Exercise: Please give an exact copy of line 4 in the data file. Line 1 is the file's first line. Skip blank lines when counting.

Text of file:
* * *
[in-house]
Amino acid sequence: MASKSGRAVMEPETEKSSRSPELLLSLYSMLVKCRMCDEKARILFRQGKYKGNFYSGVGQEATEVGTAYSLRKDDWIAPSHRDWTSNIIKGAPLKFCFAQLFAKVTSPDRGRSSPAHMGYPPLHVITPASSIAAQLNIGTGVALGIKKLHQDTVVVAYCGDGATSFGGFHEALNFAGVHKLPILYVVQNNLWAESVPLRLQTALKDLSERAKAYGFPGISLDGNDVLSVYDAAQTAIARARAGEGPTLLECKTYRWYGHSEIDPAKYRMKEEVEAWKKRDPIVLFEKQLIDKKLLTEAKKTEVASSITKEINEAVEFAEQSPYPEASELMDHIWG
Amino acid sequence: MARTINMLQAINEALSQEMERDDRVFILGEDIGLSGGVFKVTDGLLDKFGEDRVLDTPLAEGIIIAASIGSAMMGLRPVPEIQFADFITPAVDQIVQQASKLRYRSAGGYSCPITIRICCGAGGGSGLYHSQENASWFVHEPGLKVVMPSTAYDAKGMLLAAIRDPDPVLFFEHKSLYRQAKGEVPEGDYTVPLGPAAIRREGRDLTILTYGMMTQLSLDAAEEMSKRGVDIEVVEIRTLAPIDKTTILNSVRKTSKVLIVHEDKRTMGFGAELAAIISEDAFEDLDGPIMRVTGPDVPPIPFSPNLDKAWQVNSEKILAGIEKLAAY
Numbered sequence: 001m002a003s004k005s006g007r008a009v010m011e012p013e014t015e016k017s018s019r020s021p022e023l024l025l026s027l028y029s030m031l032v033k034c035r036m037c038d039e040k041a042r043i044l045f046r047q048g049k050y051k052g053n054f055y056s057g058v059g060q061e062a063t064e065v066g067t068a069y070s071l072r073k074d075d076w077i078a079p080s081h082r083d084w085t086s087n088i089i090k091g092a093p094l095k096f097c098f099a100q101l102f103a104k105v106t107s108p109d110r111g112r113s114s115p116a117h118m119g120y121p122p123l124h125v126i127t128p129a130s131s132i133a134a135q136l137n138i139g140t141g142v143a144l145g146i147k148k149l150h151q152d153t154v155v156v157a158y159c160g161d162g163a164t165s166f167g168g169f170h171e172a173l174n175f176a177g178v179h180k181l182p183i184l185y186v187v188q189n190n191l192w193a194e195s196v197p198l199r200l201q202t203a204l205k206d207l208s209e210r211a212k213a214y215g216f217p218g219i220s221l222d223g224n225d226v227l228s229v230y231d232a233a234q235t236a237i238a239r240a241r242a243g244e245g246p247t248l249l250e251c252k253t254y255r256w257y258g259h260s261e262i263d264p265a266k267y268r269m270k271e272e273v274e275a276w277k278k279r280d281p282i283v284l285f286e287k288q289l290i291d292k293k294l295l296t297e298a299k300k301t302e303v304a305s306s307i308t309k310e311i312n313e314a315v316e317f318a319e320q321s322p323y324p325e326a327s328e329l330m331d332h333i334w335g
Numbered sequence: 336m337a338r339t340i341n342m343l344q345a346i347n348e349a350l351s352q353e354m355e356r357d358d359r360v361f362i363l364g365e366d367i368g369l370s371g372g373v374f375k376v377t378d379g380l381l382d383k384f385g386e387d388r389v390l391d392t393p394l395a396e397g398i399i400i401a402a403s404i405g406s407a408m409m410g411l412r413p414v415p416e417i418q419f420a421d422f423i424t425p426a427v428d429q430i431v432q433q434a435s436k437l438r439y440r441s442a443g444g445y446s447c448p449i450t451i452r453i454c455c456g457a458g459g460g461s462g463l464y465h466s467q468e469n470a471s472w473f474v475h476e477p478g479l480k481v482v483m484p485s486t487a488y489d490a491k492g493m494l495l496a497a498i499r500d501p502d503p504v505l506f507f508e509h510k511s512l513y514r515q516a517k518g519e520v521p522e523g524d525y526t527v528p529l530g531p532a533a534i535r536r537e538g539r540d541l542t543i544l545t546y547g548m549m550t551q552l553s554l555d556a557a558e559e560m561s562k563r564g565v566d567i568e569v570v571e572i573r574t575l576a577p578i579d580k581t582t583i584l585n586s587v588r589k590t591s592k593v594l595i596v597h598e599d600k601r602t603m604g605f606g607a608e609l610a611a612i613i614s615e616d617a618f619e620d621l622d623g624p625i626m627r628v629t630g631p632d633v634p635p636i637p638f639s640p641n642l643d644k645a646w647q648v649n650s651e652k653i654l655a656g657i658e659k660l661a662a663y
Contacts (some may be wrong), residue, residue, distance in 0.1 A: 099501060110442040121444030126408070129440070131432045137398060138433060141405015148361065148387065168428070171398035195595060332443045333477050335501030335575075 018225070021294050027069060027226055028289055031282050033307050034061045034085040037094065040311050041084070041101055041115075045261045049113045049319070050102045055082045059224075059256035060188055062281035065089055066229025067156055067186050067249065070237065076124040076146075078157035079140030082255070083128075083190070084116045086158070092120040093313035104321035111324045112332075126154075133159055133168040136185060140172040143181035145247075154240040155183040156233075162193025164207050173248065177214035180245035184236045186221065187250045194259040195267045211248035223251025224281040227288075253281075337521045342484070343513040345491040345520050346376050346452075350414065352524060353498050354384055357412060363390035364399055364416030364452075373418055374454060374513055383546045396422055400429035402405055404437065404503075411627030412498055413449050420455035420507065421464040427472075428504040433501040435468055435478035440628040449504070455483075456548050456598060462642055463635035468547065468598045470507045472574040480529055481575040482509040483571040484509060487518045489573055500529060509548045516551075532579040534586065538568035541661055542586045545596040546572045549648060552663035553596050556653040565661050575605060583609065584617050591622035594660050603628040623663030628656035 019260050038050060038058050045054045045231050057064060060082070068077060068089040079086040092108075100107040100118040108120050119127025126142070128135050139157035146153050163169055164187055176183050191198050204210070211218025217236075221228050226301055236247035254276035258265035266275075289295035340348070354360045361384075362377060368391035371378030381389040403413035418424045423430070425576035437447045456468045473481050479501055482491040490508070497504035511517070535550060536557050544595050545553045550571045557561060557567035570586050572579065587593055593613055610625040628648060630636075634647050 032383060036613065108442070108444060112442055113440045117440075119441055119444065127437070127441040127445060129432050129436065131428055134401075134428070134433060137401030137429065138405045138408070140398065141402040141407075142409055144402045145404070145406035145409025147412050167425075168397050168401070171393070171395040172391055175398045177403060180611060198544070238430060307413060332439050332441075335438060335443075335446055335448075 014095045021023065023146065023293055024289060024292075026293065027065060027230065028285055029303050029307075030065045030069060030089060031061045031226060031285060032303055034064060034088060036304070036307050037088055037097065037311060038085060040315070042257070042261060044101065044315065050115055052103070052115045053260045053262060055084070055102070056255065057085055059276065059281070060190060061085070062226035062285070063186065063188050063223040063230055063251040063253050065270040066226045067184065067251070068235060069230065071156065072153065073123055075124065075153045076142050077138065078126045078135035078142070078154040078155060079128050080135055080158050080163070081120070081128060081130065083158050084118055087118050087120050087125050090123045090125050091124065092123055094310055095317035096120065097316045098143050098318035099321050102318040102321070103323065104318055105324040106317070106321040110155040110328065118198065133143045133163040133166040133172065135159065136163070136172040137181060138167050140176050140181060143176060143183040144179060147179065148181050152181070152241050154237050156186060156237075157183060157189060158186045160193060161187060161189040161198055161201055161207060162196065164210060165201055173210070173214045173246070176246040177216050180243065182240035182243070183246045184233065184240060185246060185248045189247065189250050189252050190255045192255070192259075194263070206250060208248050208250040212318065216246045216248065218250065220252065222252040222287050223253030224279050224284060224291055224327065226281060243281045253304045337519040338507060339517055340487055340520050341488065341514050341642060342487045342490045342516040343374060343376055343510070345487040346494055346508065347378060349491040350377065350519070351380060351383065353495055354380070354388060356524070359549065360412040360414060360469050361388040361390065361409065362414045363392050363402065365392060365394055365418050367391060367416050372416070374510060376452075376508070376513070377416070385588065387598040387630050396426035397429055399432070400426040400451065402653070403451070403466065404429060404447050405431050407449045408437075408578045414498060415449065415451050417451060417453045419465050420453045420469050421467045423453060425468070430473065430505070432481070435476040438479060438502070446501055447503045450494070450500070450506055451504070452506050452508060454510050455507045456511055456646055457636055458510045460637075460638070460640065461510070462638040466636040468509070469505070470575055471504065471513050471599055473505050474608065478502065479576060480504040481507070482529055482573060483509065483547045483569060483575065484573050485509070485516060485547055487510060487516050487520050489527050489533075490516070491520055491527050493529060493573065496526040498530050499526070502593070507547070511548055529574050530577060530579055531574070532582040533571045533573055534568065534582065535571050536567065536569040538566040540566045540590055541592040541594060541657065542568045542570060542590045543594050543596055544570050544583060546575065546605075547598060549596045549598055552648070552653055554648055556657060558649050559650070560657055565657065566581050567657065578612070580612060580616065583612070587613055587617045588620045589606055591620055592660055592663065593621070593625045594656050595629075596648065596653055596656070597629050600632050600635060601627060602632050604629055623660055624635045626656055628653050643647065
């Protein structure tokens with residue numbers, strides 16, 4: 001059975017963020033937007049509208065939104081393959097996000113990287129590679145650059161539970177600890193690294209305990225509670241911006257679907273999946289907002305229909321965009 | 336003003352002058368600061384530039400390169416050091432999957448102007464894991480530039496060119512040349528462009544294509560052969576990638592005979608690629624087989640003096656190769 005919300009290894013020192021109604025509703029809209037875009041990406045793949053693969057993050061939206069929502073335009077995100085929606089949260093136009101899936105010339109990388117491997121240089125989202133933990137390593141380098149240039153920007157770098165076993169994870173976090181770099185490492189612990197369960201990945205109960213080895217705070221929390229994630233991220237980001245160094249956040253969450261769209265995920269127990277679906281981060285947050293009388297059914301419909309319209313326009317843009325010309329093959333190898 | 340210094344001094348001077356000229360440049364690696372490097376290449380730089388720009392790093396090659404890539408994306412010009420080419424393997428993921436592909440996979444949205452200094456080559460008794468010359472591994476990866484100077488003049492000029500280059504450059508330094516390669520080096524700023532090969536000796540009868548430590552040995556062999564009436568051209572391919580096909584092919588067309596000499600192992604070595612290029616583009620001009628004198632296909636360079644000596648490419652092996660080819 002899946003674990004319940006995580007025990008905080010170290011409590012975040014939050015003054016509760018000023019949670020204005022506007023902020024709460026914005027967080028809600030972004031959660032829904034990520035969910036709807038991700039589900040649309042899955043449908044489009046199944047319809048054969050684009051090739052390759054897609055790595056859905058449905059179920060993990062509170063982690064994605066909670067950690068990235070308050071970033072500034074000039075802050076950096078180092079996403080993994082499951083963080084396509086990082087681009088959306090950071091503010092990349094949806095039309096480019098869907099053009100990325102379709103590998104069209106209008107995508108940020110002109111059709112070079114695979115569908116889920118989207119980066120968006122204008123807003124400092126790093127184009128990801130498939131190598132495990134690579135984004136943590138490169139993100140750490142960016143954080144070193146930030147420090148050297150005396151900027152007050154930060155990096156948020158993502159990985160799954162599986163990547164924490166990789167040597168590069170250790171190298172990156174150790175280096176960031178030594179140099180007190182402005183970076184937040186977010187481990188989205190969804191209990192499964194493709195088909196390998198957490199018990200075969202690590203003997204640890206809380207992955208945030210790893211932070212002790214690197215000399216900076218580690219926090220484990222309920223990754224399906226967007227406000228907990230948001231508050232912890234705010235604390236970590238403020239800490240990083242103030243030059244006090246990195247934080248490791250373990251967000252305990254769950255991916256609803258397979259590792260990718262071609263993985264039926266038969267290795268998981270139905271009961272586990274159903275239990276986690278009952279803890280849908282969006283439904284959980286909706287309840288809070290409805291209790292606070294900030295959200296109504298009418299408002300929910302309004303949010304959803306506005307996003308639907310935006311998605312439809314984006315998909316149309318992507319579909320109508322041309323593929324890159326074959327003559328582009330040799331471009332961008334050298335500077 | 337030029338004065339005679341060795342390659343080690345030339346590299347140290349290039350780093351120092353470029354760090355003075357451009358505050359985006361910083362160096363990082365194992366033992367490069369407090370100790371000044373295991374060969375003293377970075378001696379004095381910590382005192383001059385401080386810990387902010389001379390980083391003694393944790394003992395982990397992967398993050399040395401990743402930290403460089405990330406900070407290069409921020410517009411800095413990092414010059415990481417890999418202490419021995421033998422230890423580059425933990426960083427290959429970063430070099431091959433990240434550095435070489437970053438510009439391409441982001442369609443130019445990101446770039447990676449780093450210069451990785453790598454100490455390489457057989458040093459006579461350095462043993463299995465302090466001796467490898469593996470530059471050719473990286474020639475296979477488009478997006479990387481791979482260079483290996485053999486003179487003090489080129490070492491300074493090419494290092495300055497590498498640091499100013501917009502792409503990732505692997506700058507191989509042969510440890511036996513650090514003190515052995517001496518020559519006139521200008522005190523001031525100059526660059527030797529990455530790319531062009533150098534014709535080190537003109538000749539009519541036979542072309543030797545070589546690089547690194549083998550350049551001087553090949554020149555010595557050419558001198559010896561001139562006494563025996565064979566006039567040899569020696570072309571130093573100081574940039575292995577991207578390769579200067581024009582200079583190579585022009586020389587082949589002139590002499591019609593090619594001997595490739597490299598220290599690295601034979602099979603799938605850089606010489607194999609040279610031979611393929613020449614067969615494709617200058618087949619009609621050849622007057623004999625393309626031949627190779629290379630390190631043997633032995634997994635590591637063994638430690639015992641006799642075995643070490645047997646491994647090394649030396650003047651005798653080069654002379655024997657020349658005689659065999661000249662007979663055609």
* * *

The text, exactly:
Numbered sequence: 001m002a003s004k005s006g007r008a009v010m011e012p013e014t015e016k017s018s019r020s021p022e023l024l025l026s027l028y029s030m031l032v033k034c035r036m037c038d039e040k041a042r043i044l045f046r047q048g049k050y051k052g053n054f055y056s057g058v059g060q061e062a063t064e065v066g067t068a069y070s071l072r073k074d075d076w077i078a079p080s081h082r083d084w085t086s087n088i089i090k091g092a093p094l095k096f097c098f099a100q101l102f103a104k105v106t107s108p109d110r111g112r113s114s115p116a117h118m119g120y121p122p123l124h125v126i127t128p129a130s131s132i133a134a135q136l137n138i139g140t141g142v143a144l145g146i147k148k149l150h151q152d153t154v155v156v157a158y159c160g161d162g163a164t165s166f167g168g169f170h171e172a173l174n175f176a177g178v179h180k181l182p183i184l185y186v187v188q189n190n191l192w193a194e195s196v197p198l199r200l201q202t203a204l205k206d207l208s209e210r211a212k213a214y215g216f217p218g219i220s221l222d223g224n225d226v227l228s229v230y231d232a233a234q235t236a237i238a239r240a241r242a243g244e245g246p247t248l249l250e251c252k253t254y255r256w257y258g259h260s261e262i263d264p265a266k267y268r269m270k271e272e273v274e275a276w277k278k279r280d281p282i283v284l285f286e287k288q289l290i291d292k293k294l295l296t297e298a299k300k301t302e303v304a305s306s307i308t309k310e311i312n313e314a315v316e317f318a319e320q321s322p323y324p325e326a327s328e329l330m331d332h333i334w335g